cure on Flickr” href=”http://www.flickr.com/photos/46347505@N05/8139105016/” target=”_blank”>Extra strong, online or special, ed bitter (also known as ESB) style beers are a fun beer to drink and a relatively simple one to make. When you hear an Englishman refer to a beer is a bitter, traditionally this is the style of beer they are referring to. This style of beer has been around a while. It came about probably sometime around the mid-1700s but was likely significantly different from what the style has evolved into. The term ‘bitter’ was used to distinguish the style of beer from that of others beers that were not hopped, not necessarily because the beer was very hoppy, just hoppier than a beer with no hops. However, over the course of the centuries, ESBs have become slightly more bitter than the average ale, probably for no other reason than they have the word ‘bitter’ in their name. Now ESBs are characterized by having a fairly distinct hoppy bitterness that is relatively stronger than their ale contemporaries.
Much like porters, there is a lot of room for characteristics of ESB brews. In general, ESBs are characterized by having a medium body, medium to light malt flavor, rich golden color (around 10 L) and are distinguished by a stronger-than-usual bitterness. The bitterness is not to the level of an IPA, but closer to that of the more bitter American Ales. The style is also characterized by a slightly less-than-average carbonation level compared to that of other ales, which is important to remember in the priming process.
The hops used in brewing ESB style beers are in general English varieties, such as Kent Goldings or Fuggles. To achieve the ESB style hop bitterness, the majority of the hops are “front loaded” and added as bittering hops at the beginning of the boil. For Kent Goldings or Fuggles style hops, 2 oz. is generally the norm and these can be boiled anywhere from 60 to 90 minutes. Often, one more ounce of hops is added to the boil toward the shorter end of the spectrum (10 to 15 minutes remaining in the boil) for flavoring hops or as finishing hops (2 to 5 minutes remaining). The dominant hop characteristic in the ESB is the bitterness. The goal is to achieve this but with a level of hop flavor and aroma for balance. To further round out the hop presence, dry hopping is always an option.
A general ESB-style extract recipe would look something like this:
6 pounds of pale malt extract
1.5 lbs 40 L crystal malt specialty grain (adds rich color plus malty flavor)
Bittering hops: 2 oz Kent Goldings (60 min)
Flavoring hops: 1 oz Kent Goldings (10 min)
Dry hop: 1 oz Fuggles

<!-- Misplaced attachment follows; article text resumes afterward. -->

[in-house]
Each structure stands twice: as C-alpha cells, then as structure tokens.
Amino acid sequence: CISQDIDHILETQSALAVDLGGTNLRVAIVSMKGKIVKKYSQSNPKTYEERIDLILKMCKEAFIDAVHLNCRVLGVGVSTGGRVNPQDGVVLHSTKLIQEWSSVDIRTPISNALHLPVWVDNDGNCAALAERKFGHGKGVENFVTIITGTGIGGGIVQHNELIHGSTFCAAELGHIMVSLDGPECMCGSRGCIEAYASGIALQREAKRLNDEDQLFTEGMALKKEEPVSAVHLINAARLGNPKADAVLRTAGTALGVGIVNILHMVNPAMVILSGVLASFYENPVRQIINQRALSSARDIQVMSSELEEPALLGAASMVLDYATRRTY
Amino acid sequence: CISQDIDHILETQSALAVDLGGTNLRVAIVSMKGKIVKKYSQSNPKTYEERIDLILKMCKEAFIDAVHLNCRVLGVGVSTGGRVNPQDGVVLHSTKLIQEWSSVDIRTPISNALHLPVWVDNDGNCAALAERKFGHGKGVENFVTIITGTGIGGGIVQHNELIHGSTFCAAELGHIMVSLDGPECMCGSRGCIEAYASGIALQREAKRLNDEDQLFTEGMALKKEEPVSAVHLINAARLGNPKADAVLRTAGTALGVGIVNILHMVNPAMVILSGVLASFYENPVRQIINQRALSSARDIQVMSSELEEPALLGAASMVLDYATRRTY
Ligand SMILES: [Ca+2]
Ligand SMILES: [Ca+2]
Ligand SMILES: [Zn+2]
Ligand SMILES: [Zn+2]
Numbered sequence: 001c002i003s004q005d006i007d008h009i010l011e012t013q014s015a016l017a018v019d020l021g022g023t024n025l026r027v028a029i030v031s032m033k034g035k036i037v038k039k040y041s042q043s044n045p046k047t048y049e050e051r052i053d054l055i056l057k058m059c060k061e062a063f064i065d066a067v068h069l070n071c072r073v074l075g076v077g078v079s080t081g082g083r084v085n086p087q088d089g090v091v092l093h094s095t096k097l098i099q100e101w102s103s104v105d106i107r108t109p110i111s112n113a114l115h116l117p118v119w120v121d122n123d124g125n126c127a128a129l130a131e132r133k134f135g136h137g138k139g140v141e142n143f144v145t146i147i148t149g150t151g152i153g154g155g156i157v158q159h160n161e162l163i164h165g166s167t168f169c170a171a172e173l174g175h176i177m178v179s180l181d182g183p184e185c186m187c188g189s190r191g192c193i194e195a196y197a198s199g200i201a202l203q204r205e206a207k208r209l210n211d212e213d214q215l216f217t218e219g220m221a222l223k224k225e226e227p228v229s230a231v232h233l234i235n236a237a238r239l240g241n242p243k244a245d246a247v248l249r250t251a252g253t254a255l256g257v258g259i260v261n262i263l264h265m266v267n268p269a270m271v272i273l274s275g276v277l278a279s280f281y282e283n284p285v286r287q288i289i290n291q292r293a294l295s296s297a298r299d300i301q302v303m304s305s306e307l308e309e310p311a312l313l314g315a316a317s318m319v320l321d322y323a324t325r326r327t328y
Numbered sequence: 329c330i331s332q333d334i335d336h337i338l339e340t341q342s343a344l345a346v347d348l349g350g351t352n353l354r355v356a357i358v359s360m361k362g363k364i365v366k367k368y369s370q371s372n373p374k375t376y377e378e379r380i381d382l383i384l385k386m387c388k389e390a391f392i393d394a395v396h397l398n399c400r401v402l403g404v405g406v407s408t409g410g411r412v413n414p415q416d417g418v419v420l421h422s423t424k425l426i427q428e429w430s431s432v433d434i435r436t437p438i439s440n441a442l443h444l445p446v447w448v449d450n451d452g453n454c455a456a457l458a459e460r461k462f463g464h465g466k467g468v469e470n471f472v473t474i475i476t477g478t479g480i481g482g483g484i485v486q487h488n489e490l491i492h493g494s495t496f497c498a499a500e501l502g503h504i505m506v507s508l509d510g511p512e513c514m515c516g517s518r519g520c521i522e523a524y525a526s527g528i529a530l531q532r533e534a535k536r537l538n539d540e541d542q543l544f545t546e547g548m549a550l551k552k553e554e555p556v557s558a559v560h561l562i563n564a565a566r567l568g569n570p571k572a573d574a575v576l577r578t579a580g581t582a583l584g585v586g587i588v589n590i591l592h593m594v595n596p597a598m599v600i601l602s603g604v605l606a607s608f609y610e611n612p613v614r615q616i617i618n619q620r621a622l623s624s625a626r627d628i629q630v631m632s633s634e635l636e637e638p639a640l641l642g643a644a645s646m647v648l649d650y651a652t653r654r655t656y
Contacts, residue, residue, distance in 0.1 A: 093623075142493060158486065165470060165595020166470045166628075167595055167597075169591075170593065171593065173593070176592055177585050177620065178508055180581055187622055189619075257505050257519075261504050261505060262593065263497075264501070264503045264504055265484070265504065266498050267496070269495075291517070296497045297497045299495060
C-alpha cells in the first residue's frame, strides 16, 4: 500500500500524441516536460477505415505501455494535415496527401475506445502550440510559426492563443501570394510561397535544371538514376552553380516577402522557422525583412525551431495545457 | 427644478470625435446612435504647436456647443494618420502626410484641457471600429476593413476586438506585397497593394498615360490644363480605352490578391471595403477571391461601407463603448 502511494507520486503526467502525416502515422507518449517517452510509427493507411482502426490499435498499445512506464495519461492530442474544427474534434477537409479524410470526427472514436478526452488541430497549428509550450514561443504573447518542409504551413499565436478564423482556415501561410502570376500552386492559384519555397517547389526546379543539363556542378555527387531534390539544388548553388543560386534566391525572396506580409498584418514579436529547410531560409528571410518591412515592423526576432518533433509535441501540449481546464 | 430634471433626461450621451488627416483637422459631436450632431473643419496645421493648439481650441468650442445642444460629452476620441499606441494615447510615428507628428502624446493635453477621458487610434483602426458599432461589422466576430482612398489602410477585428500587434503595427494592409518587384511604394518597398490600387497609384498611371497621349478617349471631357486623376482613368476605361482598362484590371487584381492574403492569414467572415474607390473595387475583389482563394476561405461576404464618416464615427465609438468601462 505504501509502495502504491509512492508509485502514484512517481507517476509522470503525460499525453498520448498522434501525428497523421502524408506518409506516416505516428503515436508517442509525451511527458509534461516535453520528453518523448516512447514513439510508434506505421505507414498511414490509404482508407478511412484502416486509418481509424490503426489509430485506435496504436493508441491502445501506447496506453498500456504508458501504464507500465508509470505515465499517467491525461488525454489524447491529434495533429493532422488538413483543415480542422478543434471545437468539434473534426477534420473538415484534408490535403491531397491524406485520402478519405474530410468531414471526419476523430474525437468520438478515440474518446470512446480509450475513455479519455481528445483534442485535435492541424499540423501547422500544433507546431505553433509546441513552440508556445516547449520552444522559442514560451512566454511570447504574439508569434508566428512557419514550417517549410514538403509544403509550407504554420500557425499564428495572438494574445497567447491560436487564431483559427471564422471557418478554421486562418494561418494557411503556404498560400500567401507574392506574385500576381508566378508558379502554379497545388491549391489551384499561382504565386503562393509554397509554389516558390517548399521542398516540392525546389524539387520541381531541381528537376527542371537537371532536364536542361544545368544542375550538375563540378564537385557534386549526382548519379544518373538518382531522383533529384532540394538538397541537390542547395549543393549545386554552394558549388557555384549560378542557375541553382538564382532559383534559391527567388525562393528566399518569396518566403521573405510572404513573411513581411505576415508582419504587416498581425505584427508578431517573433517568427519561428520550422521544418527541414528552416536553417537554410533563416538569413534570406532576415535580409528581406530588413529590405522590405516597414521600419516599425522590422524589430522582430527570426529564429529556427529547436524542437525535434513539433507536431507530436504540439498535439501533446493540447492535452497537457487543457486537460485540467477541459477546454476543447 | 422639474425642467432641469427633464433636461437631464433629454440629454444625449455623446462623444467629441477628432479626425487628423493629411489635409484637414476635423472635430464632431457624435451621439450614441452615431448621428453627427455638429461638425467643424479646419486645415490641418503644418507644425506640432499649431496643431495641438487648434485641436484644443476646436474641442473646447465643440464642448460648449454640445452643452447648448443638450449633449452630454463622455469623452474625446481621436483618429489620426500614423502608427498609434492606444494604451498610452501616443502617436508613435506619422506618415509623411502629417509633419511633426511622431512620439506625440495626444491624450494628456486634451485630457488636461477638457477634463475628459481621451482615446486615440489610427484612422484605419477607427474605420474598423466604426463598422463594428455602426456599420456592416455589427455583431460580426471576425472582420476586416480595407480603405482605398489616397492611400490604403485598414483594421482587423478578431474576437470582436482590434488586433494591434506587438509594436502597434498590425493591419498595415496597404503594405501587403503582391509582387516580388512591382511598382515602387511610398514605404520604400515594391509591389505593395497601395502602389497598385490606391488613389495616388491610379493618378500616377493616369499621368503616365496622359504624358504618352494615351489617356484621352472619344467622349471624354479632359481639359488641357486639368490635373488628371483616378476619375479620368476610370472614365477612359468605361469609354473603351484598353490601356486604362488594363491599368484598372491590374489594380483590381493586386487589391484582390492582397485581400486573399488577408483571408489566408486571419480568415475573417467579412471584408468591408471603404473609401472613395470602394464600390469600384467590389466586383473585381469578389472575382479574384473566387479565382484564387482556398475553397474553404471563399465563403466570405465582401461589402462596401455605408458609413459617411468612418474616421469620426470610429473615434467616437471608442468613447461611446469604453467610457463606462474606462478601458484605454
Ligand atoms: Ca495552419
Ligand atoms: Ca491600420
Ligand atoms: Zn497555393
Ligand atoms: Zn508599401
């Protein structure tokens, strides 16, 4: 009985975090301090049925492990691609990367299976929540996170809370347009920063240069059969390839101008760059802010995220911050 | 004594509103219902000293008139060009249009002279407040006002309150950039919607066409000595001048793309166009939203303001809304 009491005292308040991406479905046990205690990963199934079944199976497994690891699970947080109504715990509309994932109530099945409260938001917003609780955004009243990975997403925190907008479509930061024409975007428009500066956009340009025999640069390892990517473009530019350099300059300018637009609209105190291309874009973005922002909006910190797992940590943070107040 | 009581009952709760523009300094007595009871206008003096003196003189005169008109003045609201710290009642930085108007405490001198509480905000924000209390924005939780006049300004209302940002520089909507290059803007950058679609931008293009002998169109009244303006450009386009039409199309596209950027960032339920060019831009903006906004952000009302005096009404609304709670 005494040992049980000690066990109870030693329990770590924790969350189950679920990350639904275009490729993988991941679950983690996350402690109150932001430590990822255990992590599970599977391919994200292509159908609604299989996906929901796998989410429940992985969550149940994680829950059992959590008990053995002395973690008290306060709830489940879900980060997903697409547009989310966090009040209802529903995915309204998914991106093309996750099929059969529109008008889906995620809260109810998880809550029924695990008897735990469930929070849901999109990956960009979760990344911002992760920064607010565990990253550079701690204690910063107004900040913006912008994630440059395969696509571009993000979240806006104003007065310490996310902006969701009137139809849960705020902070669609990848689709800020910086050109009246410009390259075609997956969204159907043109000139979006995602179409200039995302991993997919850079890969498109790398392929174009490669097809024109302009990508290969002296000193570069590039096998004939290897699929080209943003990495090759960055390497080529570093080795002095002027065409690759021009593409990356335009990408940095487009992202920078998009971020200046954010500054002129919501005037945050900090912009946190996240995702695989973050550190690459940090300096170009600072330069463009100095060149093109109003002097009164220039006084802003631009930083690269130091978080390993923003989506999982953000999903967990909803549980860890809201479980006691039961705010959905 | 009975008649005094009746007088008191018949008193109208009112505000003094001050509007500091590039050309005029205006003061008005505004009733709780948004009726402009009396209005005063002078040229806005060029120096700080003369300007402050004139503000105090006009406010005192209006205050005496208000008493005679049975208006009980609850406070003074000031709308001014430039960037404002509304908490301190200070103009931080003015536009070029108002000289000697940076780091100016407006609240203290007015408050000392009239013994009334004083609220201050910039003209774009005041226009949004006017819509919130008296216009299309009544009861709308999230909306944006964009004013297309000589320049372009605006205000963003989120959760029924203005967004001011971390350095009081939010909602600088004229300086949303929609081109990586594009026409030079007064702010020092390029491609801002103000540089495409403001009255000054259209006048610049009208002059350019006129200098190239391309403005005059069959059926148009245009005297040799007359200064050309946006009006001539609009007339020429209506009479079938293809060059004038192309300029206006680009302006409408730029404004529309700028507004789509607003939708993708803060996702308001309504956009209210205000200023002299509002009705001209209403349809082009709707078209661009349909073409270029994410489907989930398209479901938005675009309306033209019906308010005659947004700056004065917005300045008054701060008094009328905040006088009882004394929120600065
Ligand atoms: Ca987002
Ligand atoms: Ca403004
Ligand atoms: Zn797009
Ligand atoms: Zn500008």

This should produce a relatively medium bodied, richer color, bitter beer while not having an overwhelming amount of bitterness associated with it, but nicely balanced.
If you prime your beer I would recommend removing about a quarter cup of the corn sugar from the normal priming solution process. If you force carbonate I would recommend bringing the force carbonation pressure down to about 11-12 psi.
Brewing an ESB (Extra Sandy Bitter), on Flickr.
I recently came into possession of some Beer Pouches, internist
a revolutionary new way to transport your beer. It is a lightweight metal foil growler replacement. As FoodBeast says, it looks like a Capri Sun packet. At first glance I was not crazy about this packaging. It looks funny and I found it hard to believe that these would be good for carbonated beverages. I could imagine one of these popping or losing its seal. Flat beer would be everywhere and instead of being the cool guy who brings awesome beer to the party, you would be the d-bag who brought a leaky bull scrotum nobody knew what to do with. Eventually it would get knocked over.
Let me tell you – Beer Pouch is awesome. For those of us who love glass and the constant threat of breaking a bottle and getting cut, the Beer Pouch takes a little getting used to. The form factor is not familiar to most of us. I had expected this to be flexible but the metal foil is rigid, making it easy to stand up on a countertop. There is no flopping around with this thing. Its light weight and collapsibility make for easy storage. Try collapsing a traditional growler and then reusing it.
In addition, the closure and foil are tough and they definitely hold the carbonation. The manufacturer told me that he had yet to learn of any of these things leaking or breaking. Actually, he did hear of one breaking, but that was while it was being used in place of a puck for a hockey game.
As you might guess, I love this thing. Far from the awkward leaky bull scrotum I expected, this is a well-designed, well-engineered piece of beer accessory goodness. Gone are the days of bulky, fragile growlers. You saved us, Beer Pouch. You saved us.
Keep your eyes peeled in the next couple weeks for a Beer Pouch giveaway. You know you want one.
Photo shamelessly lifted from the Beer Pouch website.